Tabling is an excellent way to reach the university community. Itís also one of the most fun. You get to meet and talk with people face to face and know that one more person has been exposed to your message. You donít have to table with a group to reach people effectively; you can reach lots of people on your own. You do, however, have to be with a registered student organization to table on campus.
Table regularly. Have info. on all topics, an email signup, meeting fliers, petitions.
To table on campus, you must reserve a table for your group. The reservation can be made at the CCI office on the fourth floor of the SSB.
Table reservations are good for two week increments and can be renewed over the web at http://www.utexas.edu/depts/dos/cci/index.html. Click on Room Reservations. Then click on Online Booth Installation Application and fill out the form. You must keep a copy of the reservation document and give one copy to the information desk on the first floor of the tower. You will check out your table at this desk.
In order to get a good tabling spot on the West Mall, set up your table early (around 10 a.m. or before). The best spot is the area under the trees directly across from the West Mall steps. This spot has a lot of pedestrian traffic.
There are regulations you have to follow when setting up a table on campus:
You have to have your group name on a sign or banner on the front of your table.
You are not allowed to accept money (i.e., selling merchandise or food, or accepting donations) without reporting it.
There are many regulations in the Student Group handbook. Read through it. Some regulations are worthwhile and some are worth working around.
Make sure you have plenty of copies of each piece of literature you are handing out. Remove the rubber bands from pamphlets so people can take them easily. If you run out of something people are interested in, let them know when you will be tabling next and get some more!
Always have a donation jar. Put some change and some dollar bills inside to encourage people to give you some dough.
Make sure you have plenty of sign up sheets (for your mailing list) and plenty of pens that write.
Donít forget your rocks! Yes, your literature will blow away if you donít have anything to hold it down, so get some rocks.
Always have something people can take with them that has your group name, contact info., and meeting times on it. A small quarter-sheet flyer is perfect.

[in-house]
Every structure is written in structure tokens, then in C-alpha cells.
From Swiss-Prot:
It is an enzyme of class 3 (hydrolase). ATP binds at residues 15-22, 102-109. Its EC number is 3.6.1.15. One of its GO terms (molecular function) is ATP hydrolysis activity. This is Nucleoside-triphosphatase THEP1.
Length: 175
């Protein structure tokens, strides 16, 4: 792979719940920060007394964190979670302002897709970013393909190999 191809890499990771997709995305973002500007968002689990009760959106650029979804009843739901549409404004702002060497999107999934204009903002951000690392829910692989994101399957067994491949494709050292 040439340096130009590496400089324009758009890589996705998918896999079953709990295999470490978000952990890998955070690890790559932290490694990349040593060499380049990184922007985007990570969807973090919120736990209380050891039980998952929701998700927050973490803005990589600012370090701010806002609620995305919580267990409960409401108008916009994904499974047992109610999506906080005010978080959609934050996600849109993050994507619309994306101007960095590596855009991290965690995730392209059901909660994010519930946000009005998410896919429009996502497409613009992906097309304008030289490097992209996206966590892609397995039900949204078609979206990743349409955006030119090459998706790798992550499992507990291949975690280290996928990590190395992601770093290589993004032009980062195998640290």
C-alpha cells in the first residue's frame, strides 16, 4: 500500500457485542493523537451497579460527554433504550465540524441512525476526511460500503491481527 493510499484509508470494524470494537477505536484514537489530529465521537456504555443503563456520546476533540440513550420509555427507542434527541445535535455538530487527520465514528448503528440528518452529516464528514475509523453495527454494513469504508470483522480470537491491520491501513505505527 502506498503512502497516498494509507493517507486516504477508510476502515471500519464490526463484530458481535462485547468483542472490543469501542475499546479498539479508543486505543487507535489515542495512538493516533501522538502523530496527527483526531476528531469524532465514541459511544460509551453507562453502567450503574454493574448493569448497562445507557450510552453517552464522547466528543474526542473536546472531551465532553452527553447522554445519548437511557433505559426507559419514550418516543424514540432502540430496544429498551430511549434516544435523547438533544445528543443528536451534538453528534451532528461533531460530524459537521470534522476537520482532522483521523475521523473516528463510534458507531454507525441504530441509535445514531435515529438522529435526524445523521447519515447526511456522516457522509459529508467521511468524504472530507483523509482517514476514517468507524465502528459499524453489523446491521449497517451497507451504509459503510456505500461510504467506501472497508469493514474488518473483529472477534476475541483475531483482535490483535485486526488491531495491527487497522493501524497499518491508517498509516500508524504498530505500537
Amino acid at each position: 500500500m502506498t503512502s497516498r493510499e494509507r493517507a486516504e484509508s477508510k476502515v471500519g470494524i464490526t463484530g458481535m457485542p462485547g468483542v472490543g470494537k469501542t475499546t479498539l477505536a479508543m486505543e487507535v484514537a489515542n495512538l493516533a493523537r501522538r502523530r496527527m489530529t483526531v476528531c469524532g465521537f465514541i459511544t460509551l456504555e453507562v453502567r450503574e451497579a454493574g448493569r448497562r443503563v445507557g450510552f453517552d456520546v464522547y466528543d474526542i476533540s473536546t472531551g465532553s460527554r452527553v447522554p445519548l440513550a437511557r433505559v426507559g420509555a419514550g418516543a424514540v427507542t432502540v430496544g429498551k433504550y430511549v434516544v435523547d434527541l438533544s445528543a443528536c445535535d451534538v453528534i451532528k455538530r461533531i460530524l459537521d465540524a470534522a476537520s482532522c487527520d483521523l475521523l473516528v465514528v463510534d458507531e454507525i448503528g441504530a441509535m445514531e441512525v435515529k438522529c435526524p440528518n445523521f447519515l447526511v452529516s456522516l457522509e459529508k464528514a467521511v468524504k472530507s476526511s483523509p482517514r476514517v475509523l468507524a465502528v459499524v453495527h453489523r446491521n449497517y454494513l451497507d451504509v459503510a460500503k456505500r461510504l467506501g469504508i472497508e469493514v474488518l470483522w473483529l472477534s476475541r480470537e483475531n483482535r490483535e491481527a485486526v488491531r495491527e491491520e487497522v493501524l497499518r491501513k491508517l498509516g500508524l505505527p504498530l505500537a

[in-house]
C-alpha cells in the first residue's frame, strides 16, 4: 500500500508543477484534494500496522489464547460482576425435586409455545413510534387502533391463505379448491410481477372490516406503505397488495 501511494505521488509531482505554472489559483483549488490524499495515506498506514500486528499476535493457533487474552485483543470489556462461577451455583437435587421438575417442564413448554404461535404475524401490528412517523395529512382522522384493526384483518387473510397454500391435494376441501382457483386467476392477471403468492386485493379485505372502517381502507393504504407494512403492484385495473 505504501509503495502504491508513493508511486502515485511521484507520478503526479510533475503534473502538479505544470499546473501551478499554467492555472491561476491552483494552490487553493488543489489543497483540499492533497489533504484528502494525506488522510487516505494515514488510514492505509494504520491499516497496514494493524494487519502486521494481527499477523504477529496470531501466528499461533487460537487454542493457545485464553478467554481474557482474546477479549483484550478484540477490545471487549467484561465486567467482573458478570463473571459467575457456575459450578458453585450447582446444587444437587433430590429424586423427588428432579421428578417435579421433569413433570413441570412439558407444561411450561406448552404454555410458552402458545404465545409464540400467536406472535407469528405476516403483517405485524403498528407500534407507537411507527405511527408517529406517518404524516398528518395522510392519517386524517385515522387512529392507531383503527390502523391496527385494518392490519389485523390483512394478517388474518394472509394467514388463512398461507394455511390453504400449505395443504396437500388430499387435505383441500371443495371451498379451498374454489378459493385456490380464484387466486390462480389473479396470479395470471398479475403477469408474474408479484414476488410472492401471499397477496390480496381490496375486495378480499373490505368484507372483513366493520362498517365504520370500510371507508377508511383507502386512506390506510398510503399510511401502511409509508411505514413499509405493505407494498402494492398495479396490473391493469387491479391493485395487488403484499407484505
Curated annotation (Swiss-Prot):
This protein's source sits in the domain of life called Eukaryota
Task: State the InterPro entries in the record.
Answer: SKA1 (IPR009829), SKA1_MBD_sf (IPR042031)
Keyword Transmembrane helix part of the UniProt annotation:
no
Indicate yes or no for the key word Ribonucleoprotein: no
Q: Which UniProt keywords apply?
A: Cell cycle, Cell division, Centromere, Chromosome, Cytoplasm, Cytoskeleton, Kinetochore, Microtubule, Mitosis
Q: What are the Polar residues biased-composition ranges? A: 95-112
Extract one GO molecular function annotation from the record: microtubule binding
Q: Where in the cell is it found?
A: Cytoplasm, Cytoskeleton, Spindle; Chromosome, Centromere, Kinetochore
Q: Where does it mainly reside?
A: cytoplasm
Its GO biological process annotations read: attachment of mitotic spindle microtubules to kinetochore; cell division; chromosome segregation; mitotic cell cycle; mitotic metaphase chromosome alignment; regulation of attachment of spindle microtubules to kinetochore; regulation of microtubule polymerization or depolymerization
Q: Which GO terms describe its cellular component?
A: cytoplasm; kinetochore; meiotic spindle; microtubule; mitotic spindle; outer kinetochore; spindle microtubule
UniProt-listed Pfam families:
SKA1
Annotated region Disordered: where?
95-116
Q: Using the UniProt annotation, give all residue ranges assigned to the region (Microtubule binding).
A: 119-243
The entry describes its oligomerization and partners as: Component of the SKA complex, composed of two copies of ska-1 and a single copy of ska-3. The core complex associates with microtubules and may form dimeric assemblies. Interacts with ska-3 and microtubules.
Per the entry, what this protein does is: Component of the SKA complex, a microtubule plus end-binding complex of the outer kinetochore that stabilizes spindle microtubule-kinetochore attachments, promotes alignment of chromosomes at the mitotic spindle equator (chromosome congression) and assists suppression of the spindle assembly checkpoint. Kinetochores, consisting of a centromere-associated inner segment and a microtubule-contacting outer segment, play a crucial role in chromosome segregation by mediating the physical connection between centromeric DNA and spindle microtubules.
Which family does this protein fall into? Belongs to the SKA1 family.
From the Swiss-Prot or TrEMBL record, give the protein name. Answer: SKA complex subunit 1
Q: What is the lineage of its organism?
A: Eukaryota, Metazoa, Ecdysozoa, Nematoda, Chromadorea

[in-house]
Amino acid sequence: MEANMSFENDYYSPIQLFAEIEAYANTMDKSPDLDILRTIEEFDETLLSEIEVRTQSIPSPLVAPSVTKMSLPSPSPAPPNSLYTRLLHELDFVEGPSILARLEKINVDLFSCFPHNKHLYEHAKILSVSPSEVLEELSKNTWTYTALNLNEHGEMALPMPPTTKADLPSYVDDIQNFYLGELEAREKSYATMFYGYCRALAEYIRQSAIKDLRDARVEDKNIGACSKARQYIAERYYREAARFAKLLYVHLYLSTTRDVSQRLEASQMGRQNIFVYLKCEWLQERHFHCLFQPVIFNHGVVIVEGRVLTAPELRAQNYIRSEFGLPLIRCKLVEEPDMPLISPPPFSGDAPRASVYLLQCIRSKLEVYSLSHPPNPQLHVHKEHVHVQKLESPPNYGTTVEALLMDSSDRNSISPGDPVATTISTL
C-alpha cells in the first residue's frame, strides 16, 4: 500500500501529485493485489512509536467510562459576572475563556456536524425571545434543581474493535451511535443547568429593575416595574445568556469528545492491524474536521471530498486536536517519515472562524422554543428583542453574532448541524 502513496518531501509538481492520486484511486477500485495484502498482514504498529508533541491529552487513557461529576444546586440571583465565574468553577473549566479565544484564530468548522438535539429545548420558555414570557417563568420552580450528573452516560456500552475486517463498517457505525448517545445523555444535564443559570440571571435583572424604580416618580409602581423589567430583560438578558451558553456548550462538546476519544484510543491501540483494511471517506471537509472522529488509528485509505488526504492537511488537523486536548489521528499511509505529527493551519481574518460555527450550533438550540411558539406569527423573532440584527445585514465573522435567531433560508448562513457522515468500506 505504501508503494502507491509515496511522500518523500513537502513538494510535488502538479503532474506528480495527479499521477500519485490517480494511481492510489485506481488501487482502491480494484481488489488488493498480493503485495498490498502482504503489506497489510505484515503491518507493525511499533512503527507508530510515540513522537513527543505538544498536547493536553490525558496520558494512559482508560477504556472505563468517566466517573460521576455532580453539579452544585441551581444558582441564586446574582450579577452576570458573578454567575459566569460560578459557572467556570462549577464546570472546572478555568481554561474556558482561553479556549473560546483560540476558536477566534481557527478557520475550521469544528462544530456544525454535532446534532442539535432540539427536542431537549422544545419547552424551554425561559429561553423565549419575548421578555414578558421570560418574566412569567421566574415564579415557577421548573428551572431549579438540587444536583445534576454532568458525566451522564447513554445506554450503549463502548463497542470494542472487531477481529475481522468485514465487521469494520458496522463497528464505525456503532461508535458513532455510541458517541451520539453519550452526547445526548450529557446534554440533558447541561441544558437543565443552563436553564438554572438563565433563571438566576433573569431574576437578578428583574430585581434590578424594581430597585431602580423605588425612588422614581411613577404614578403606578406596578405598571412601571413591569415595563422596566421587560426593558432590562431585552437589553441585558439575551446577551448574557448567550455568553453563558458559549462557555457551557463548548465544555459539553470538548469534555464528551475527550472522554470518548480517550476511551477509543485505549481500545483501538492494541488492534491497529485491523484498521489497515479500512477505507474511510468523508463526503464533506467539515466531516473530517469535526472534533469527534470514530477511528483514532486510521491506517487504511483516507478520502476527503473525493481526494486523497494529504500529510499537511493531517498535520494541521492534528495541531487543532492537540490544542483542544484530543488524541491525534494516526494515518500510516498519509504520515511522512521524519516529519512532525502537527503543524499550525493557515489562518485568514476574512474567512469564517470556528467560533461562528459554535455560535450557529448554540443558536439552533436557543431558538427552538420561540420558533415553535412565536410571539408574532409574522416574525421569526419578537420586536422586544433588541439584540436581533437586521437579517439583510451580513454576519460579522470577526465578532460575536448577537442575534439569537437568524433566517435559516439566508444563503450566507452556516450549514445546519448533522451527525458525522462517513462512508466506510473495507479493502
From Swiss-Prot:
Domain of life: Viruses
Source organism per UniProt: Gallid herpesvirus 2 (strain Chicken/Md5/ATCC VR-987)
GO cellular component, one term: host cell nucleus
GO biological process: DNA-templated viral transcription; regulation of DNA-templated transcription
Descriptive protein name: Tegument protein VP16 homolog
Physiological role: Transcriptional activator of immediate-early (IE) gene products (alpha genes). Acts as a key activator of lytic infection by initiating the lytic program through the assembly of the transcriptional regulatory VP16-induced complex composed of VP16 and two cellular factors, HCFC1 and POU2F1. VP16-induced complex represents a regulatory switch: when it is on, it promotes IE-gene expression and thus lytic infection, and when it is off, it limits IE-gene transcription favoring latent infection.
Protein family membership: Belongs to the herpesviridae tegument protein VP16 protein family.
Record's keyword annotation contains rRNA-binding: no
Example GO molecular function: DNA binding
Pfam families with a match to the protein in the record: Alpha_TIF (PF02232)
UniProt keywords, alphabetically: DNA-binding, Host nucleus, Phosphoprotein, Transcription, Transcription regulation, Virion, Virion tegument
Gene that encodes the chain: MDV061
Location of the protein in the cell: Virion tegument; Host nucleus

Props and displays are good to have. They get peopleís attention and draw them to your table.
If visitors to your table seem interested, ask them to sign up on your mailing list. Make sure they take the most important pieces of literature on your table. Ask them to get involved in some way, like by calling a company you are targeting or writing a letter. Always say thank you and be friendly.
Donít spend too much time on one person. You could miss contact with others who may be interested. Be especially sure not to waste time on someone who disagrees with you. You could alienate people who overhear the argument. Instead, clarify your position briefly, express regret at your disagreement, direct the person to related literature (or recommend books or websites they could check into), and turn to someone else as quickly as possible. You may feel like youíre ďbacking downĒ but arguing at a table is a waste of time and could cause you to miss potential supporters.
Donít get frustrated if you feel you havenít reached someone. You never know what seeds youíre planting. Talking to you may be the first time someone ever considered that there might be something wrong with the way they perceive the issues raised at your table. Most people wonít change overnight, but even if someone seems unsympathetic, youíre planting seeds that can lead to a change later.
Above all, remember to smile, be friendly and be patient. You, too, were once unaware of the abuses you are working to remedy. Let others know that your background is much like theirs, but that once you learned about various abuses, you decided to take action.